Abstract: Press hardening of higher carbon ultra-high strength steels is attractive because of the potential to reduce vehicle weight while maintaining occupant protection during crash. Tempering of this fully martensitic material could be used to increase the local ductility within a structural component for enhanced crash performance. In this work, an 1800 MPa grade of press hardening steel was fully quenched in a Gleeble Thermal-Mechanical Simulator to produce a fully martensitic microstructure. This material was then subjected to tempering at a variety of temperatures ranging from 100 to 700°C and a tempering hold time of 1 and 15 s. For the greatest tempering temperature of 927°C and a 15 s hold, the hardness reduced from a maximum hardness of 575 to 300 HV1000, which represents a 48% reduction. An FE-SEM was used to generate high resolution micrographs of the tempered microstructures, which revealed the effect of tempering time and temperature on the precipitation behavior of carbides for this class of steel.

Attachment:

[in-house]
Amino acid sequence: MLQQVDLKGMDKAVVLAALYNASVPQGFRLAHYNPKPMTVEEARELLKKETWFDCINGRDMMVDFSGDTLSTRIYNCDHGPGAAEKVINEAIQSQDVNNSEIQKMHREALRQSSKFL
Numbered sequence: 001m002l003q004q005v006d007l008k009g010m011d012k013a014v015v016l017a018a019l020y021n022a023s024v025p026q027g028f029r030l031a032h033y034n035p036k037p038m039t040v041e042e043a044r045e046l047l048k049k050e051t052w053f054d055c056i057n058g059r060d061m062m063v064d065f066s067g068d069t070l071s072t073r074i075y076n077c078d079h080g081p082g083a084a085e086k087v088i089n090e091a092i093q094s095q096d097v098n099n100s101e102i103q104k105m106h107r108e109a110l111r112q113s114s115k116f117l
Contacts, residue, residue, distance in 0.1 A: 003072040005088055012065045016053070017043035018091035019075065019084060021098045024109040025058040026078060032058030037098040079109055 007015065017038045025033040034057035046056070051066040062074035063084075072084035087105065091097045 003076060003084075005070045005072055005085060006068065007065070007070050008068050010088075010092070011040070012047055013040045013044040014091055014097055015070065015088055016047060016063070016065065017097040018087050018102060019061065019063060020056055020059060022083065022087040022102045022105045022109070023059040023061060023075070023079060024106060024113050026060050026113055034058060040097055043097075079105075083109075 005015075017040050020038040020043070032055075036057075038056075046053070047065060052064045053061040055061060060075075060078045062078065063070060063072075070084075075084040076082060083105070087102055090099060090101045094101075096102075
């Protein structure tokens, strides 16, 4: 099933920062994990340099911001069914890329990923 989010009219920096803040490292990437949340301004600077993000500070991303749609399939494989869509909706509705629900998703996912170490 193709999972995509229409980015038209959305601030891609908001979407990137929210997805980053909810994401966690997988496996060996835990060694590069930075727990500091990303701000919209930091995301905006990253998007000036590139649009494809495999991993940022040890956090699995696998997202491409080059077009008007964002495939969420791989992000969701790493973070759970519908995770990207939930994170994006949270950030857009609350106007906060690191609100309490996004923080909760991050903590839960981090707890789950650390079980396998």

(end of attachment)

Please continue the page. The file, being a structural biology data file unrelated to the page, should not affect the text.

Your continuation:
Authors: Claire Bourque, Alexander Bardelcik, Constantin Chiriac, and Mary Wells
Keywords: Tempering, Press Hardening Steel, Martensitic Microstructure